These rules are not strict, but are motivated by the same concept as the guideline
that says you should play on the hardest difficulty. As such, you can use a code to unlock the hardest difficulty, although it's better to first ask on the forums if this is a good idea. Indeed, sometimes
it may make the movie worse!
The movie must be complete
Your movie should begin from the console power-on and end when the last decisive action has been delivered. There are no specific rules for an exact endpoint but it must adhere to the following rules:
- It must beat the game (1-level movies are rejected).
- It must be able to reach the credits or end screen without requiring any further interaction; all input must come solely from the input file (e.g. configuring the emulator to autofire after the end of playback is not allowed). An exception has been allowed for Rygar.
- It should end with the last input. Don't leave any blank input at the end of the movie.
If a game never ends, then it may be considered complete once there is no new content introduced, and the difficulty no longer increases.
Obsoleting a published movie
When obsoleting a published movie that aims for fastest time, the goal should be to adhere to its playing standard in both technical and entertainment aspects.
- If you found a shortcut that saves 30 seconds, your movie should be faster by at least 30 seconds. Losing time elsewhere for no good reason is unacceptable.
- If a published movie is notable for its entertaining idle time stunts (such as synchronizing actions to background music), you should at least try coming up with something comparably entertaining. Copying such actions from a published movie is not a problem, although in this case it will be a common courtesy to mention its author in your submission message.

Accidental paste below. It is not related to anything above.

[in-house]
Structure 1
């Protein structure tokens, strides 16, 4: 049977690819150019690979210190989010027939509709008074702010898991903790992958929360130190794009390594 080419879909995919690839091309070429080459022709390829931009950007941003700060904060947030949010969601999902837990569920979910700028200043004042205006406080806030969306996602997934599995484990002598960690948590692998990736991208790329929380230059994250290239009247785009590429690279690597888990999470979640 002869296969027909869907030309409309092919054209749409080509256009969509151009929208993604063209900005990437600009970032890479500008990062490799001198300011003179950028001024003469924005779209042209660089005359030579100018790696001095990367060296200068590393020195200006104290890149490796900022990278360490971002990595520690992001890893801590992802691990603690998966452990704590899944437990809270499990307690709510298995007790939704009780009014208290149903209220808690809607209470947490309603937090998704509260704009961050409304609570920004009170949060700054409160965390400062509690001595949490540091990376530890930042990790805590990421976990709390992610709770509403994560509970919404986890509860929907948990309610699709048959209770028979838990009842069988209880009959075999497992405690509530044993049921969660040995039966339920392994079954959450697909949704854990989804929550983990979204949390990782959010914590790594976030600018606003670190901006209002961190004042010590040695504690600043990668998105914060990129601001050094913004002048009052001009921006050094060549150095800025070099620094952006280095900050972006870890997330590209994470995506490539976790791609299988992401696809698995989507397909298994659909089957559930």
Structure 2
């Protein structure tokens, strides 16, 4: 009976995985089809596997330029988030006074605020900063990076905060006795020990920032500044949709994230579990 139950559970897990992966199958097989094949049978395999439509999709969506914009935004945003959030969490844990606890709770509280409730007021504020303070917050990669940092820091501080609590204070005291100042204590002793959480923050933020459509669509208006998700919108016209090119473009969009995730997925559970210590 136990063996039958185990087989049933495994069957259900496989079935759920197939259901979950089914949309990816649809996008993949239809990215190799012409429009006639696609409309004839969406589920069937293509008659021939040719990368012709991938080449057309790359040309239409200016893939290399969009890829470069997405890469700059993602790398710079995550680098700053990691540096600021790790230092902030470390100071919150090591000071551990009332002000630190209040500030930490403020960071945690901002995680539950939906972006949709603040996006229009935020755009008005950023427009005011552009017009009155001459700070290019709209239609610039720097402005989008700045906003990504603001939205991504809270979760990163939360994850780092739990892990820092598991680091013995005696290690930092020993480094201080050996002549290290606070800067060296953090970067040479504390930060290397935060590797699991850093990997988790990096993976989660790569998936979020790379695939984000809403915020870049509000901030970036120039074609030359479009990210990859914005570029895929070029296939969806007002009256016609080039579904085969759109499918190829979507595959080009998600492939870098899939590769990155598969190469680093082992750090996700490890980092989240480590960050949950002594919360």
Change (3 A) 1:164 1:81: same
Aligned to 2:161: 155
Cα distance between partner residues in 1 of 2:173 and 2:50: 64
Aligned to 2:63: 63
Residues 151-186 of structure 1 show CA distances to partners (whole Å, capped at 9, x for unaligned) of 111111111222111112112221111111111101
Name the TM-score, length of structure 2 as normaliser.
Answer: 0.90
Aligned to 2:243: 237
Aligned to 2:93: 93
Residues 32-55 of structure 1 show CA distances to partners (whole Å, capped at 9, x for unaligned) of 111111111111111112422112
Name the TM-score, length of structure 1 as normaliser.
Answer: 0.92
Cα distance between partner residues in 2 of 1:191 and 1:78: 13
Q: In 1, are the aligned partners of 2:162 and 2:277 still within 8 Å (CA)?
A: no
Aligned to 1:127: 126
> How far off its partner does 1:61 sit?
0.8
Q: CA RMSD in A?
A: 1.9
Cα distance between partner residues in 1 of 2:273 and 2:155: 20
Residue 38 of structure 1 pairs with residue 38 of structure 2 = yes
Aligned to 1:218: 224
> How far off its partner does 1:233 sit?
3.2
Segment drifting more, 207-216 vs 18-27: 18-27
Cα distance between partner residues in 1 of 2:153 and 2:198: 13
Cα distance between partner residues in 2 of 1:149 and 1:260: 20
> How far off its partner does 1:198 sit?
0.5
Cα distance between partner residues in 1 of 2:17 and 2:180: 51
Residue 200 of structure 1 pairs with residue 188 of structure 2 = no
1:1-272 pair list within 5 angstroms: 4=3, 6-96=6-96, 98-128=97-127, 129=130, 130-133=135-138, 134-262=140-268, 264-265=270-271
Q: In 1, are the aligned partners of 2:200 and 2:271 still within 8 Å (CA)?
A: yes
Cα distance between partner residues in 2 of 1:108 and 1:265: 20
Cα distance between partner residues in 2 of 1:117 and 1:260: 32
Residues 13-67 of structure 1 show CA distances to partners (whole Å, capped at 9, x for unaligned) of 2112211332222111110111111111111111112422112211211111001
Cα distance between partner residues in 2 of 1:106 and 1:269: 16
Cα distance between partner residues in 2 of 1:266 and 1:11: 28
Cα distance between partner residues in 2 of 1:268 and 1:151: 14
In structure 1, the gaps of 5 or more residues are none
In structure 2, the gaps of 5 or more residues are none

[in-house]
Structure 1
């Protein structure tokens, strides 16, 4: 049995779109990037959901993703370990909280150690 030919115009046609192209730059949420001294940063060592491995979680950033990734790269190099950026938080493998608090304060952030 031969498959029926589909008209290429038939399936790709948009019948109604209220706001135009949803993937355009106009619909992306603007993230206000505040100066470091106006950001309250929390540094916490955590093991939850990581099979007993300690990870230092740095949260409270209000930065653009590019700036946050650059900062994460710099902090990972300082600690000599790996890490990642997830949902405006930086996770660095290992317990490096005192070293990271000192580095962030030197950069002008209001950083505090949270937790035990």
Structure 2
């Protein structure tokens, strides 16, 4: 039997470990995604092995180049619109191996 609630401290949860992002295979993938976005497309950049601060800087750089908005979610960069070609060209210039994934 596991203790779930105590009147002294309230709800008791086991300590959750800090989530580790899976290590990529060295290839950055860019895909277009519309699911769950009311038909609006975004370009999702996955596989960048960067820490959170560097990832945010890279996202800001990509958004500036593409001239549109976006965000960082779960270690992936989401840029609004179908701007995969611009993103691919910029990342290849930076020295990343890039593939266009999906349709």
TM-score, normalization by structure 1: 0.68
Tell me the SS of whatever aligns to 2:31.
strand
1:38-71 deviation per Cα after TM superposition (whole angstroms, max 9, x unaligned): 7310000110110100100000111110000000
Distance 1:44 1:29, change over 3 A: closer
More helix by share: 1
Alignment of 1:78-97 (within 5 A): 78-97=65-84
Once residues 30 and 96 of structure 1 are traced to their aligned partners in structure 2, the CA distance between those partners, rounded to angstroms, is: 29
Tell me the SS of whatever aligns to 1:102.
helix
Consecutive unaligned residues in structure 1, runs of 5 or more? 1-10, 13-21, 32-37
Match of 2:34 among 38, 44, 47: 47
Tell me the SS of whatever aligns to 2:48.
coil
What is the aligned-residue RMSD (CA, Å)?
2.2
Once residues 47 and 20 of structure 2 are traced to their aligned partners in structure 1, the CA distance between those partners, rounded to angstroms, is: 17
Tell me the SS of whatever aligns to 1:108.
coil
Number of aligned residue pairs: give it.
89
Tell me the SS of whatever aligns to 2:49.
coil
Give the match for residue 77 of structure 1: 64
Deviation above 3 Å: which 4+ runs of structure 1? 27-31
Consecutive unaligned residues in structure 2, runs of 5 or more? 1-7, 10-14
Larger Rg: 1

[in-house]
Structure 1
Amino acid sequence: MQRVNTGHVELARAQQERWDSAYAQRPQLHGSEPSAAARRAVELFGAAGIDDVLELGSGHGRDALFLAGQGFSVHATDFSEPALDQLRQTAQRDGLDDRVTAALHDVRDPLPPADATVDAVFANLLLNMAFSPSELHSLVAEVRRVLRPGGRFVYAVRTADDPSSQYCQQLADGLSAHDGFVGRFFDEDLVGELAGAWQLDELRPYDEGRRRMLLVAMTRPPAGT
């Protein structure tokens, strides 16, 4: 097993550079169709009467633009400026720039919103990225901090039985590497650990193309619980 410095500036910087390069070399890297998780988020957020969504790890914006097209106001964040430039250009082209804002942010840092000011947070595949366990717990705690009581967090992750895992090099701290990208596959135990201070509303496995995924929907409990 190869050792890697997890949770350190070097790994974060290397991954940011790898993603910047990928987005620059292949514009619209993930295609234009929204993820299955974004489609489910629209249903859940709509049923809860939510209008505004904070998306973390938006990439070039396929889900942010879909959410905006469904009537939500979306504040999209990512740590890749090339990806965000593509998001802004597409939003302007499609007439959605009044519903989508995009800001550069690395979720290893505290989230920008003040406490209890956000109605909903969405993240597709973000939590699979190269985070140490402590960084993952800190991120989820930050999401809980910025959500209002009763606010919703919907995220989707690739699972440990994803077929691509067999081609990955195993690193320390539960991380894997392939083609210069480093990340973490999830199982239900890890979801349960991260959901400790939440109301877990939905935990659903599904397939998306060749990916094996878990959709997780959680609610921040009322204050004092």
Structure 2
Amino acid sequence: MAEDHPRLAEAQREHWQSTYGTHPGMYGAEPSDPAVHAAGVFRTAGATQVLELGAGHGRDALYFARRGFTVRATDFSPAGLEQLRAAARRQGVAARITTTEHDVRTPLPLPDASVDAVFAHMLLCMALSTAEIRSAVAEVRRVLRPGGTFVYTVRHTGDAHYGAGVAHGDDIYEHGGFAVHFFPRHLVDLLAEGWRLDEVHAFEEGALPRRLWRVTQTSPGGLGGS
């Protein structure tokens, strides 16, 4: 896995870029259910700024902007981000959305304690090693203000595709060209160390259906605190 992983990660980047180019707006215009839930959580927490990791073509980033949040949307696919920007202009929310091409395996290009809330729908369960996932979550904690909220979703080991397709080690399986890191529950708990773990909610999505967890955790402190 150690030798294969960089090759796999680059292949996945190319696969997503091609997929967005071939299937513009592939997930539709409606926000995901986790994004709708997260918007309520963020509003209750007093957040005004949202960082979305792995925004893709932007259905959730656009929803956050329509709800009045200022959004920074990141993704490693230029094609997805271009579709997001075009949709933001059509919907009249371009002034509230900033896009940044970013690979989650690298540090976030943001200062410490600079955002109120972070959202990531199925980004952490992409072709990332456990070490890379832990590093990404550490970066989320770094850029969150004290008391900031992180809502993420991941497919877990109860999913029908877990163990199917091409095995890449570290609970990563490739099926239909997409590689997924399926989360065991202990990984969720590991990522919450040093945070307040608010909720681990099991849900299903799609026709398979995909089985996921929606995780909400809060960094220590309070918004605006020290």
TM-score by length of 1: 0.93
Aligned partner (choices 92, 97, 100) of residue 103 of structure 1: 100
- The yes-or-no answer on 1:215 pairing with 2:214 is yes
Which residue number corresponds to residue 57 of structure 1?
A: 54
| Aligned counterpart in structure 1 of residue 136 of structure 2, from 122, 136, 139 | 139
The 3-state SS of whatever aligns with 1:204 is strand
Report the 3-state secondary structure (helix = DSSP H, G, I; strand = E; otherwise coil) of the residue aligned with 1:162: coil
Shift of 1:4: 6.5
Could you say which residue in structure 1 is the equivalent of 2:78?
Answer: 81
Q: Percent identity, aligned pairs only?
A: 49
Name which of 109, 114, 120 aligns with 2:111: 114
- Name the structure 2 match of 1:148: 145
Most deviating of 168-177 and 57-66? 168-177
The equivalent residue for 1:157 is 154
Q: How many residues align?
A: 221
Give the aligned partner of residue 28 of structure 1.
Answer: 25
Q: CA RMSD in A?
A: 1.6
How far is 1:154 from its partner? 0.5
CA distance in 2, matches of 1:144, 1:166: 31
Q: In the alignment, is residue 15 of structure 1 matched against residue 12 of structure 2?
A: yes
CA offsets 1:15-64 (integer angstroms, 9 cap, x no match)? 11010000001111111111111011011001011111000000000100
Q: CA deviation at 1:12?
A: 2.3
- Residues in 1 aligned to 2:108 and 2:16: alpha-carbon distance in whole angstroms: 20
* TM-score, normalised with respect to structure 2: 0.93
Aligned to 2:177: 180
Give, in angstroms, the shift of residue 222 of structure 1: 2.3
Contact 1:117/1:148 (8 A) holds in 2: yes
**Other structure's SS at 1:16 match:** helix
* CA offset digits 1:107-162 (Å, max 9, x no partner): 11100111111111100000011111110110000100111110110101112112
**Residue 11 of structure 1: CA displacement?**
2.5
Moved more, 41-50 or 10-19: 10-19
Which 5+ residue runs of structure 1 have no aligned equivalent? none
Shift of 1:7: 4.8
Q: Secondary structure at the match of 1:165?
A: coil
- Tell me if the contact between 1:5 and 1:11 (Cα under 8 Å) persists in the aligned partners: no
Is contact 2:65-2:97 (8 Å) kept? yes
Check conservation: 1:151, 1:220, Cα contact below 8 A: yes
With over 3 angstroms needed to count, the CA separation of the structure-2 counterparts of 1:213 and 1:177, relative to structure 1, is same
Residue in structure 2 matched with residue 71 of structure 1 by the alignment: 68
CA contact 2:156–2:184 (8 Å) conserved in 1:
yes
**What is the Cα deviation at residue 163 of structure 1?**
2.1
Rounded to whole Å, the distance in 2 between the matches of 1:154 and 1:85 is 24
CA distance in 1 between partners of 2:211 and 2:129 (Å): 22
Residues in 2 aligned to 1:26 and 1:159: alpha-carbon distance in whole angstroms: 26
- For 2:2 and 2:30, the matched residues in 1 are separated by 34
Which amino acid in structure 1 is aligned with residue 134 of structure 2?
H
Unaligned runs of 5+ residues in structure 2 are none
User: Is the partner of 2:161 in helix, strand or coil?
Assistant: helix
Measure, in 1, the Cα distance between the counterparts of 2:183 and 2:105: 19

Site rules still apply even if the published movie breaks them. We make mistakes sometimes, but that doesn't provide a green light for you to break the rules.
- If a published movie uses a bad dump, you should instead use the good one.
- If a published movie uses an inaccurate emulator and you have the choice of a more accurate one, use the latter.
- However, if a rule is broken for a specific reason and it has been allowed for the published movie, then it's usually okay. If unsure, ask a judge or admin before making the movie. (An example would be movies that start from SRAM, use passwords, etc.)
The movie must be reproducible
It is not enough that you did it once, we need to be able to run the simulation and get the same result as you did. A movie that only synchronizes on the author's computer won't be accepted.
Use an official emulator version
Every officially supported TAS emulator